Creative resistance after coup: “Myanmar hackers” attack military junta


Creative resistance after coup
“Myanmar hackers” attack the military junta

The foreign ministers of the USA, Great Britain and other large states are calling on the military junta to move Myanmar back to democracy. The people in the country are imaginatively defending themselves against slipping into dictatorship: with their cars and with hacker attacks.

The protesters in Myanmar have shifted to new forms of protest against the military junta: A group called “Myanmar hackers” claimed to have attacked the websites of the central bank, the army’s PR department, the port administration, the food and drug regulator as well of the state broadcaster MRTV. In Rangoon, numerous motorists blocked the streets to prevent the security forces from getting through.

“We are fighting for justice in Myanmar,” said the hacker group on their Facebook page. She called her cyberattacks “mass protests in front of government websites”. The state newspaper “New Light of Myanmar” confirmed the attacks.

Mass protests against the junta have taken place in the Southeast Asian country since the military coup on February 1. In the largest city in the country, Yangon, the streets during rush hour were clogged with apparently broken down cars, buses, trucks and taxis. “We are participating in the ‘Car Breakdown Campaign’ because we want to support the (civil servants) and because we are proud of them,” said truck driver Phoe Thar. In the past few days, air traffic controllers, teachers, doctors and railway workers, among others, went on strike.

Eleven arrests at the State Department

Thousands of demonstrators crowded the city’s major intersections and showed the three-finger salute that has become a symbol of the protests. They chanted, “Don’t go to the office! Join the civil disobedience movement!” A monk held a sign that read “We need the US Army to save our situation”.

Tensions also erupted in the country’s second largest city, Mandalay. According to eyewitnesses, police and the military disbanded a group of demonstrators who were obstructing train traffic on Thursday night. According to a rescue service employee, the security forces also used firearms. It was unclear whether these were rubber bullets or live ammunition.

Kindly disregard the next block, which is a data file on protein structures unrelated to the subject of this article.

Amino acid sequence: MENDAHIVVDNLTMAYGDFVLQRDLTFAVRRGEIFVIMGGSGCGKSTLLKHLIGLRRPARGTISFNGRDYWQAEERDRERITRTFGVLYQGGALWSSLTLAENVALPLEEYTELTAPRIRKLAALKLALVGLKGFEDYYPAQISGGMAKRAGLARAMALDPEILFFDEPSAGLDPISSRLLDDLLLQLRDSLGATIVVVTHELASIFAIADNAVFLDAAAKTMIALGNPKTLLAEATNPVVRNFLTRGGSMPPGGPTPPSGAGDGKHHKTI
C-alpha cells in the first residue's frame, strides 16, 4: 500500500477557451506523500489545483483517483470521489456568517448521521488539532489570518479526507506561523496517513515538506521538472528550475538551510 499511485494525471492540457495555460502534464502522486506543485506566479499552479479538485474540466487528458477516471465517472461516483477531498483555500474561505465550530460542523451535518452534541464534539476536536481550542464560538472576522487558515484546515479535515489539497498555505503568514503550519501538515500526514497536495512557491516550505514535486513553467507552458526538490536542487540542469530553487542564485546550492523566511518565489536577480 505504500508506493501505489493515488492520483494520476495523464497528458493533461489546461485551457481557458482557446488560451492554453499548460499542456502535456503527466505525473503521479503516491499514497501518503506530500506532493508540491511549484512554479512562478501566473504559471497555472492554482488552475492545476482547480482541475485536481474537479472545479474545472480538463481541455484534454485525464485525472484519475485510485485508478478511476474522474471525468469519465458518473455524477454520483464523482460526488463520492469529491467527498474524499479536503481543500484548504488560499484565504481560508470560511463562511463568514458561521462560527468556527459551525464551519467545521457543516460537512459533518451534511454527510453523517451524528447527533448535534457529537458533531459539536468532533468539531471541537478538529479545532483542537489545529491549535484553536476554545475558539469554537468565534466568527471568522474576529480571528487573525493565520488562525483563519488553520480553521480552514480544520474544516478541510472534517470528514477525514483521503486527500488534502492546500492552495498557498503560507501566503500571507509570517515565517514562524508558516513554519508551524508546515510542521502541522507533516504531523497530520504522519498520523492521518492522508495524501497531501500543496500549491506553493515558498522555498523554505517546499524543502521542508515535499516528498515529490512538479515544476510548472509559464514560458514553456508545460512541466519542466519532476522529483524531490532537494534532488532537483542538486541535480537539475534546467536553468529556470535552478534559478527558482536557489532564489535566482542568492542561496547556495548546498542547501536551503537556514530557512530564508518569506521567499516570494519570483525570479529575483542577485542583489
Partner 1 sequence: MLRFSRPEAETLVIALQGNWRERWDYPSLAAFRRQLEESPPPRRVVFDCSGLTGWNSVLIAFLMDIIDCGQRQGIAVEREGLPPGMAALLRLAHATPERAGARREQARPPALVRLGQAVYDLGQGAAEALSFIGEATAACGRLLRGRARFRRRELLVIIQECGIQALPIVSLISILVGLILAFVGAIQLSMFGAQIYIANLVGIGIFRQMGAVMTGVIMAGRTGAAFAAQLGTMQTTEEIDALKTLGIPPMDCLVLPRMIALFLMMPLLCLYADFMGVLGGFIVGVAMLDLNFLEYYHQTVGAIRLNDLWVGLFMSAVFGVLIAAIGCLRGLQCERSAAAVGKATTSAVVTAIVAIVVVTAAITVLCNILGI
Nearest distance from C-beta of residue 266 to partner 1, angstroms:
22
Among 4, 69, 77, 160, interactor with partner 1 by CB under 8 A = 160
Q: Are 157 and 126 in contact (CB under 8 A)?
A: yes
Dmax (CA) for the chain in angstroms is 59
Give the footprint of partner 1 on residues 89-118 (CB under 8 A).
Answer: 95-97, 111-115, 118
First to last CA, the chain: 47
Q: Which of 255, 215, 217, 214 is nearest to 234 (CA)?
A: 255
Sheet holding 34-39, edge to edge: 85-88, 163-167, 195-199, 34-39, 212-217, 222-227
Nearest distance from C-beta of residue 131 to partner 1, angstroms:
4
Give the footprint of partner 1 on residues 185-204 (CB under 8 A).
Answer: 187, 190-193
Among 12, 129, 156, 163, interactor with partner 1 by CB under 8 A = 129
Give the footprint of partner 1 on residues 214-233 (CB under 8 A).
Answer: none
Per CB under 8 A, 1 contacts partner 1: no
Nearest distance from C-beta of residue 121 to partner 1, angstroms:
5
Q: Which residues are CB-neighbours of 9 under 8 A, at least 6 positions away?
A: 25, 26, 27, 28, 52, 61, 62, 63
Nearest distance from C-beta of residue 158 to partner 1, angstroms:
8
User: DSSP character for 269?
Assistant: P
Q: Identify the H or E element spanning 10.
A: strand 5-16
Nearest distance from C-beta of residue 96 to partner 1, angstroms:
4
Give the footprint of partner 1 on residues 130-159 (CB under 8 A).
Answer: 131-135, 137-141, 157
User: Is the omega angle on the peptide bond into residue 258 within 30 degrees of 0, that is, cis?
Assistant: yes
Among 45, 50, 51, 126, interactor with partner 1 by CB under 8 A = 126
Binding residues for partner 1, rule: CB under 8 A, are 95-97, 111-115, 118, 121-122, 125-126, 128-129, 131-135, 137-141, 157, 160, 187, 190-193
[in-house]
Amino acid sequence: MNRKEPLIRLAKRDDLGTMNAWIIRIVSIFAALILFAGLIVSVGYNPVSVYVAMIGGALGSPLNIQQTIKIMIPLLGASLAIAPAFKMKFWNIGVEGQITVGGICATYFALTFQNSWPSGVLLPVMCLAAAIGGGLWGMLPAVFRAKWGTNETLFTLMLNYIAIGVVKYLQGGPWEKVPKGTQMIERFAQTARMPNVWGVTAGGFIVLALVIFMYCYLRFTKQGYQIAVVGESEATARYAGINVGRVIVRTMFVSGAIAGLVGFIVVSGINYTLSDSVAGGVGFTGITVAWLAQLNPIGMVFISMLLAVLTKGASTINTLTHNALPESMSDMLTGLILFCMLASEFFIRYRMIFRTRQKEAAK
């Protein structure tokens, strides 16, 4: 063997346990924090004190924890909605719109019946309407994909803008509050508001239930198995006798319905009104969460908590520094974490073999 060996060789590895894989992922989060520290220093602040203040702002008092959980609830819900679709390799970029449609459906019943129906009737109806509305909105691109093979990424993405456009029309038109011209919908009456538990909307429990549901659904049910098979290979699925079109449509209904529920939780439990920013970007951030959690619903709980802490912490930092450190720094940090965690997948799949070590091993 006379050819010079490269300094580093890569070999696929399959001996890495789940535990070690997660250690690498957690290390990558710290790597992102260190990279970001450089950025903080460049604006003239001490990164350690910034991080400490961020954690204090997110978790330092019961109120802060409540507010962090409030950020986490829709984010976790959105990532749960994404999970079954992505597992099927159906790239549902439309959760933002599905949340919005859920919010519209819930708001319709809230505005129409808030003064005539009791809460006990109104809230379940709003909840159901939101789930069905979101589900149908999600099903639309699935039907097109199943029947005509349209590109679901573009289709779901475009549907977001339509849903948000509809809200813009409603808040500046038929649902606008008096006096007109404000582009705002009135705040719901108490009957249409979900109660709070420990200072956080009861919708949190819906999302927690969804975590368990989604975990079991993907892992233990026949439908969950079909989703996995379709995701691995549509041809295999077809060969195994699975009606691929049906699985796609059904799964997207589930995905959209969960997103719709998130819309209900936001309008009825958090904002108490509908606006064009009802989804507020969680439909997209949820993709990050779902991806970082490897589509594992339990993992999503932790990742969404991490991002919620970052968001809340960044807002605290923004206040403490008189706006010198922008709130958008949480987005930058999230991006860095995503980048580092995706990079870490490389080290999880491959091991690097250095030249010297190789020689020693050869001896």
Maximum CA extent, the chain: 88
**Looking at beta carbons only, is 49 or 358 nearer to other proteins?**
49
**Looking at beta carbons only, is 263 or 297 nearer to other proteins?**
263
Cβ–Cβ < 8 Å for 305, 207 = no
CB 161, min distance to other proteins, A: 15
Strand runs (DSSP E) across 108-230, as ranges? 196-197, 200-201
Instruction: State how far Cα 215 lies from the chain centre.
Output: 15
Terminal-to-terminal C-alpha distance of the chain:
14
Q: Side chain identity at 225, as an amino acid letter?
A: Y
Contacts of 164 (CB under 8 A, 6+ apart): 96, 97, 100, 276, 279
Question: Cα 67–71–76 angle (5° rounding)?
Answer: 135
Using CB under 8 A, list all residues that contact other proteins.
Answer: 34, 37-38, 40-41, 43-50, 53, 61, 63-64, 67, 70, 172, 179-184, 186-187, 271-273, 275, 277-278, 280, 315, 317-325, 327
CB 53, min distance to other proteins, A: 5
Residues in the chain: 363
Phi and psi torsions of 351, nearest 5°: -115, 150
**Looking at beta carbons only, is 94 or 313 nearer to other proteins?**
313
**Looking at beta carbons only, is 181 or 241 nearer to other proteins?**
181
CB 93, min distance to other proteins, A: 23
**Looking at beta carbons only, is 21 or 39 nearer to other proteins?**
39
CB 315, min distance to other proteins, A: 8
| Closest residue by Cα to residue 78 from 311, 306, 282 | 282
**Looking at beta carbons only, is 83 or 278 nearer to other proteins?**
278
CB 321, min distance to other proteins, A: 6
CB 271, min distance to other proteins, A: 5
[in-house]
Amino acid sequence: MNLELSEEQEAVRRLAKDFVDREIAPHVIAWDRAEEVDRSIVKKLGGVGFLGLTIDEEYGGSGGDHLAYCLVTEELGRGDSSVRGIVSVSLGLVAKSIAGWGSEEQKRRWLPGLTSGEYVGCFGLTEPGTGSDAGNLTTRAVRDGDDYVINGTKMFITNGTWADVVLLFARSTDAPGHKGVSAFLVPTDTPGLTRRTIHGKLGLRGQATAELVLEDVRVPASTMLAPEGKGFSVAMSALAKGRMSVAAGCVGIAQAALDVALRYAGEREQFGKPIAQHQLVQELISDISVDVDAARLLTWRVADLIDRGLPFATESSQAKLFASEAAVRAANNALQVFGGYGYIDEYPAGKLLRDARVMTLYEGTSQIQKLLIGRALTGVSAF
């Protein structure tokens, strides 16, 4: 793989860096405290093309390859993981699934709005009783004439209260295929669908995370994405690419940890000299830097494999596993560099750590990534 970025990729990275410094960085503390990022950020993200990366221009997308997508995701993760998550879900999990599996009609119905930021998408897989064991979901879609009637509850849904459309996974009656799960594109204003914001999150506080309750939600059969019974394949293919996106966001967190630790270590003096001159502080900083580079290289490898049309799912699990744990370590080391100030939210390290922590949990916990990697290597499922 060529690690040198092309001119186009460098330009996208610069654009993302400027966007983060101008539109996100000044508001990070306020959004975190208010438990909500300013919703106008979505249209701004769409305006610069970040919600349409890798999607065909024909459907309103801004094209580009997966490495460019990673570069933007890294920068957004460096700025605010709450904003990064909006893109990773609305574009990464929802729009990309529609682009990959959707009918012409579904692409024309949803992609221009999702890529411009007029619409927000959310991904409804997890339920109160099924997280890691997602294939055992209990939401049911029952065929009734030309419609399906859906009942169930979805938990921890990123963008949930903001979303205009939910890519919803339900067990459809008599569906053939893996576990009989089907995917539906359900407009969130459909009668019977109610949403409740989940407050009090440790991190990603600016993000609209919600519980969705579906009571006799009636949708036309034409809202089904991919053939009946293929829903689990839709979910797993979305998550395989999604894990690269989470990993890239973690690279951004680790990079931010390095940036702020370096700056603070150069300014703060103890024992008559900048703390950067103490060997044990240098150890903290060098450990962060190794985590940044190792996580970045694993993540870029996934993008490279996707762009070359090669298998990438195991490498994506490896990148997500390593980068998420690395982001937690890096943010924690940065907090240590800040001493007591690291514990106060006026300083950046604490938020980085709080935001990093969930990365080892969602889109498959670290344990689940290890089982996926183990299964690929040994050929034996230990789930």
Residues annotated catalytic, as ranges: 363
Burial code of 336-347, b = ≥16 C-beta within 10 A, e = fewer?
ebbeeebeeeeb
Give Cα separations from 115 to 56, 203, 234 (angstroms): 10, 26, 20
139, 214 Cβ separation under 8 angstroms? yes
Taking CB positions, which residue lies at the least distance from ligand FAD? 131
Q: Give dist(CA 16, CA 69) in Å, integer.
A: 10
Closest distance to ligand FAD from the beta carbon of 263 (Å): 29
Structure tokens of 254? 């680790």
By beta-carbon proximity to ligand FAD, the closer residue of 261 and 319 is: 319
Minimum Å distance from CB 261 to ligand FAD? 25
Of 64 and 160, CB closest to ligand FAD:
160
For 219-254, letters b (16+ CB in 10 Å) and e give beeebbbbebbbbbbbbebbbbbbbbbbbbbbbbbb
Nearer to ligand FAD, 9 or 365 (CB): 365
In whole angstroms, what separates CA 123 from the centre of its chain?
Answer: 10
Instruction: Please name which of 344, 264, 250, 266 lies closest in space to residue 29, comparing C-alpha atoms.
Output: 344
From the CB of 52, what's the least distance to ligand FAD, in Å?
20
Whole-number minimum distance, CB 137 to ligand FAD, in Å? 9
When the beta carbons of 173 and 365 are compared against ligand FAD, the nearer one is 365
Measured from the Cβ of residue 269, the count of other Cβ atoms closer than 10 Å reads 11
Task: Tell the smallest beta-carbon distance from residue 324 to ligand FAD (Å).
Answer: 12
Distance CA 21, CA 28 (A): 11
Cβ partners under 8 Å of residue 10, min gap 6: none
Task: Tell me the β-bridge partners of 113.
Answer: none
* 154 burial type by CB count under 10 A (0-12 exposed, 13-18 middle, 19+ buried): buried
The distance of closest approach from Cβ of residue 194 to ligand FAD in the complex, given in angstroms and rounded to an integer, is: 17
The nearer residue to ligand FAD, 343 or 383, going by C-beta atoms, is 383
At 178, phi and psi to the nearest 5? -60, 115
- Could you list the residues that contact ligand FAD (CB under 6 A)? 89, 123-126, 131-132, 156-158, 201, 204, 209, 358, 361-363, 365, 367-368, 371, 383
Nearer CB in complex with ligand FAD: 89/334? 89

Police used water cannons in the capital, Naypyidaw. In addition, according to information from ministry circles, eleven employees of the Foreign Ministry were taken into custody for participating in the protests. A police officer who wanted to remain anonymous reported that at least 50 officers had been arrested in the past four days.

During the night, internet use was also severely restricted for the fourth time in a row. According to the organization Netblocks, the connections fell to around 20 percent of the usual level.

“Tracking Companies That Fund Oppression”

The foreign ministers of the USA, India, Japan and Australia called on the military junta in Myanmar “urgently” to return to democracy. Britain imposed sanctions on three high-ranking generals, including the heads of the Defense and Home Office. In addition, plans are in place to stop British companies from working with the military junta, the State Department said. Canada also sanctioned nine people responsible in Myanmar. Last week the US had already imposed punitive measures against the military leadership in the Southeast Asian country.

Human Rights Watch chief Kenneth Roth said the most important thing in the fight against the junta is tightening the financial thumbscrew: “The main problem is financial. So the next step must be tracking down the companies that the military owns and owns who used it to finance the coup and its suppression, “Roth told Deutsche Welle.

After almost 50 years of military rule since the country became independent in 1948, many citizens fear renewed repression. Hundreds of people have been arrested since the coup and several injured in the demonstrations. Nevertheless, the protest movement is still very popular. The demonstrators are demanding the return to democracy and the release of the disempowered de facto head of government Aung San Suu Kyi. She was arrested by the army in the course of the coup and placed under house arrest.

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